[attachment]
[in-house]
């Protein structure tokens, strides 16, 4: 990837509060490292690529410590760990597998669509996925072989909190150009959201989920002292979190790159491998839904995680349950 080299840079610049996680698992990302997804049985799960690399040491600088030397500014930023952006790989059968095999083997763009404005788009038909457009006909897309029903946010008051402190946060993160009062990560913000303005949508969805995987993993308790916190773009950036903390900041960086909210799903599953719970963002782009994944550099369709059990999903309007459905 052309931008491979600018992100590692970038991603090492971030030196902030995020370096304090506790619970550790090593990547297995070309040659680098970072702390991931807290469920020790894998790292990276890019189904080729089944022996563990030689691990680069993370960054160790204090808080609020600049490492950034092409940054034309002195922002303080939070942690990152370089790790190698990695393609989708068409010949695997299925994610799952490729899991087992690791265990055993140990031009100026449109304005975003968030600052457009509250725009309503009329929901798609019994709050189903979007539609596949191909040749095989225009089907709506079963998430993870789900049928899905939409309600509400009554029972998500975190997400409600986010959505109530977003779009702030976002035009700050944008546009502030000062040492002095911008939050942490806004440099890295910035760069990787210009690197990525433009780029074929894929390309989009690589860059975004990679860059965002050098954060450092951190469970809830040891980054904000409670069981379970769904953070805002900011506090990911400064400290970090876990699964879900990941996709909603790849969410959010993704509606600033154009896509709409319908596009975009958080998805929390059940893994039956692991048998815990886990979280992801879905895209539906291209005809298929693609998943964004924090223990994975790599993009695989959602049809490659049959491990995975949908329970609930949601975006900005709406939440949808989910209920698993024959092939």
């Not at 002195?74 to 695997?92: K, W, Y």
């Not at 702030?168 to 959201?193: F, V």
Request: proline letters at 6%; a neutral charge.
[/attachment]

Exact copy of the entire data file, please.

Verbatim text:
[in-house]
């Protein structure tokens, strides 16, 4: 990837509060490292690529410590760990597998669509996925072989909190150009959201989920002292979190790159491998839904995680349950 080299840079610049996680698992990302997804049985799960690399040491600088030397500014930023952006790989059968095999083997763009404005788009038909457009006909897309029903946010008051402190946060993160009062990560913000303005949508969805995987993993308790916190773009950036903390900041960086909210799903599953719970963002782009994944550099369709059990999903309007459905 052309931008491979600018992100590692970038991603090492971030030196902030995020370096304090506790619970550790090593990547297995070309040659680098970072702390991931807290469920020790894998790292990276890019189904080729089944022996563990030689691990680069993370960054160790204090808080609020600049490492950034092409940054034309002195922002303080939070942690990152370089790790190698990695393609989708068409010949695997299925994610799952490729899991087992690791265990055993140990031009100026449109304005975003968030600052457009509250725009309503009329929901798609019994709050189903979007539609596949191909040749095989225009089907709506079963998430993870789900049928899905939409309600509400009554029972998500975190997400409600986010959505109530977003779009702030976002035009700050944008546009502030000062040492002095911008939050942490806004440099890295910035760069990787210009690197990525433009780029074929894929390309989009690589860059975004990679860059965002050098954060450092951190469970809830040891980054904000409670069981379970769904953070805002900011506090990911400064400290970090876990699964879900990941996709909603790849969410959010993704509606600033154009896509709409319908596009975009958080998805929390059940893994039956692991048998815990886990979280992801879905895209539906291209005809298929693609998943964004924090223990994975790599993009695989959602049809490659049959491990995975949908329970609930949601975006900005709406939440949808989910209920698993024959092939």
């Not at 002195?74 to 695997?92: K, W, Y």
């Not at 702030?168 to 959201?193: F, V």
Request: proline letters at 6%; a neutral charge.